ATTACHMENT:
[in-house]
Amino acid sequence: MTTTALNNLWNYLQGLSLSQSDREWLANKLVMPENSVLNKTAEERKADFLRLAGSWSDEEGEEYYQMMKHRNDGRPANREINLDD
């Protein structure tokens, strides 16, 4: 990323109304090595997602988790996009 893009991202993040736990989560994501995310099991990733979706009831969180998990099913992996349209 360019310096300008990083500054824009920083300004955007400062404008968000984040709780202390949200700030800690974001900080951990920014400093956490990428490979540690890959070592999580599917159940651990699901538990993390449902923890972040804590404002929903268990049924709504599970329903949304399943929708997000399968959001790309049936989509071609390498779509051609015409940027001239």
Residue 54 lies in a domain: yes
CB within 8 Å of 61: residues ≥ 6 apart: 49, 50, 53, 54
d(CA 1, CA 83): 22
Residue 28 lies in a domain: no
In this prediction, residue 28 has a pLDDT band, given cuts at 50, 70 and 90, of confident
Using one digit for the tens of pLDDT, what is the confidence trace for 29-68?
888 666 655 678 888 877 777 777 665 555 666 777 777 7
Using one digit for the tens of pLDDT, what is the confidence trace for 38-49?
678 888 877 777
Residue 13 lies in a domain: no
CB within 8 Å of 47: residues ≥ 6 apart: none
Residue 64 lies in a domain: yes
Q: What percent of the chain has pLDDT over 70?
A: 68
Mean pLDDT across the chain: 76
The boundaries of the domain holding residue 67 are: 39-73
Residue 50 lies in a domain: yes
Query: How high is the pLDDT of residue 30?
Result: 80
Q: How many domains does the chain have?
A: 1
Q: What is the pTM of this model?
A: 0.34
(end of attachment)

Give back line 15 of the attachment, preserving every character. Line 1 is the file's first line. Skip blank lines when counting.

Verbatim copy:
Residue 64 lies in a domain: yes